# Does methyl lithium act as a base in aqueous solution?

Oct 28, 2015

Well, you're right, but $C {H}_{3}^{-}$ as a species is highly reactive.

#### Explanation:

Any solvent system moderates (or magnifies) the strength of the acids or bases it solvates. In water, the strongest base is $O {H}^{-}$. Addition of non-aqueous bases such as methyl lithium would increase concentration of hydroxide according to the following equilibrium:

$C {H}_{3} L i + {H}_{2} O \rightarrow C {H}_{4} \left(g\right) + L i O H \left(a q\right)$

Such a reaction would be rapid and very exothermic AND QUANTITATIVE...the solution would be stoichiometric in lithium hydroxide. Most of the time, when we store and use lithium reagents, we go to elaborate lengths (i.e. inert atmospheres, flame dried glassware, anhydrous solvent) in order to prevent such reactions.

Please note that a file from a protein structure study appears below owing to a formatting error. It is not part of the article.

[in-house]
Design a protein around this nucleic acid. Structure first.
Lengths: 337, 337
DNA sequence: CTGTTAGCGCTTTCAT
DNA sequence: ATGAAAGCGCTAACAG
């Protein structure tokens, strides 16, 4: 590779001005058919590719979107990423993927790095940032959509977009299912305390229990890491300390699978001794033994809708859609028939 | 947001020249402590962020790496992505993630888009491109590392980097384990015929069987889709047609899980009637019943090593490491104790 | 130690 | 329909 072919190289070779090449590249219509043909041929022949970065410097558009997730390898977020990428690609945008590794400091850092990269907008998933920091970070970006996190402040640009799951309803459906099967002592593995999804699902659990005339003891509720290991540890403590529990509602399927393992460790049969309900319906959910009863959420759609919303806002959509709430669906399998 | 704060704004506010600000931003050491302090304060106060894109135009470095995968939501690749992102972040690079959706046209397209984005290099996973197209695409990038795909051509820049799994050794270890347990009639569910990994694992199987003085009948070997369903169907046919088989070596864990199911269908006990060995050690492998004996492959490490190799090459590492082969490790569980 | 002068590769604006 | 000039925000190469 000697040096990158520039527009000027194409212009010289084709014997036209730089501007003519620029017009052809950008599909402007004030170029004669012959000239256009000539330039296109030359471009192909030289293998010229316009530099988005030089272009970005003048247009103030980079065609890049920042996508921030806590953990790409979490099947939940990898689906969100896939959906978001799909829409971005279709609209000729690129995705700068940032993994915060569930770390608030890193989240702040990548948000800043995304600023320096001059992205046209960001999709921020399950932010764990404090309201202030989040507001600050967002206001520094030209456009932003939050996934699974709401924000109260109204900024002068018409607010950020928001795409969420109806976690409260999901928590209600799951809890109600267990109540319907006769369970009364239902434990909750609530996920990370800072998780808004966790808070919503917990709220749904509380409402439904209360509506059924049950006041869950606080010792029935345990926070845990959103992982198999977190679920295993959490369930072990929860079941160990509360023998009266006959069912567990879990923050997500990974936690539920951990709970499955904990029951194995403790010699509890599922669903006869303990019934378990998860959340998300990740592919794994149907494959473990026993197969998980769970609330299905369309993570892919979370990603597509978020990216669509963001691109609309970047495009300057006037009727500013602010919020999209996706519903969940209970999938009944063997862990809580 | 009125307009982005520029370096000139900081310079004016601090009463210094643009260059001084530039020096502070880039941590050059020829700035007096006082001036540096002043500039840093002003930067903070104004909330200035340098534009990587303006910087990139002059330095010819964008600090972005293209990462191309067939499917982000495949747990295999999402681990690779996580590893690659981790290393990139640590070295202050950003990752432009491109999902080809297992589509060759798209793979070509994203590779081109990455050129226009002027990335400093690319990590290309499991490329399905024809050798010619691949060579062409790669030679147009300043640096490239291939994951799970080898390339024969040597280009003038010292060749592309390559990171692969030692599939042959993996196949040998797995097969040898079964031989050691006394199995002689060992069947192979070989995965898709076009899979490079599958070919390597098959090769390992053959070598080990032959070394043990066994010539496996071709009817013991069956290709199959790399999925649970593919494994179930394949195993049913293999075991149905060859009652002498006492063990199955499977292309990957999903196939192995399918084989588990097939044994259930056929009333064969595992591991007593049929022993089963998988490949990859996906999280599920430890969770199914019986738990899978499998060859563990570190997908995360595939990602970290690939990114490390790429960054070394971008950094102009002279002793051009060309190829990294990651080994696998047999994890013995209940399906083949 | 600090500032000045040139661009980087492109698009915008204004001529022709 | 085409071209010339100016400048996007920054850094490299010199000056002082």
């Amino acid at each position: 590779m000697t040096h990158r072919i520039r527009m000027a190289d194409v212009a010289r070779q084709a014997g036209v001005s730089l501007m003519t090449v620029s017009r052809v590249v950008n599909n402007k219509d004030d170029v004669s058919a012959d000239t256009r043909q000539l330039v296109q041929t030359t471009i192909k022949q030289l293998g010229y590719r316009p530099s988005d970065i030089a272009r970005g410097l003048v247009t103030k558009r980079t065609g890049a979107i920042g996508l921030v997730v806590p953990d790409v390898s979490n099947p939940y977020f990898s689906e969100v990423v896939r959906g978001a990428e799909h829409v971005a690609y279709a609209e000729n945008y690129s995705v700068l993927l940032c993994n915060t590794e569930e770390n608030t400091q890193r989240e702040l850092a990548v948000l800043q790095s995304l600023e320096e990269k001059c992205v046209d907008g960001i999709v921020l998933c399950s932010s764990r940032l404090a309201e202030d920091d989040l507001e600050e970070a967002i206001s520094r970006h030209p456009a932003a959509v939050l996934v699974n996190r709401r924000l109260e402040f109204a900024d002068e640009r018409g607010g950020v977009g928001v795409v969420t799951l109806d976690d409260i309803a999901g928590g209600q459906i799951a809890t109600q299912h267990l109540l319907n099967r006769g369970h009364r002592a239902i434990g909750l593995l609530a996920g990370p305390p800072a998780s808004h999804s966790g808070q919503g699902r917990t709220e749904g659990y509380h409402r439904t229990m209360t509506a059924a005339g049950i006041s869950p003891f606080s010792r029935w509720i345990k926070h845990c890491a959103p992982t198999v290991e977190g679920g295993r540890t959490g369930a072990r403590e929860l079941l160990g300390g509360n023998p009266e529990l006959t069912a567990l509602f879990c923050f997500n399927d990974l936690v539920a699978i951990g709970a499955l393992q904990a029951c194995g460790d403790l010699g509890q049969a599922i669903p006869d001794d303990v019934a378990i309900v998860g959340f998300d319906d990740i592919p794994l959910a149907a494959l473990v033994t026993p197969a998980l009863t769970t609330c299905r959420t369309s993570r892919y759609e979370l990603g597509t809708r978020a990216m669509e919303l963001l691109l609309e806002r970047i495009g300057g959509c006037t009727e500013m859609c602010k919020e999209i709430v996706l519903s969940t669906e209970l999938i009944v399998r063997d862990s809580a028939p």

I could conceive that we could take an anion (methyl lithium itself, or THE ANION formed by reaction with methyl lithium), and treat this with heavy water, i.e. ""^(2)H_2O, and thereby introduce a deuterium isotopic label in the parent molecule, i.e. to give ${H}_{3} {C}^{2} H$...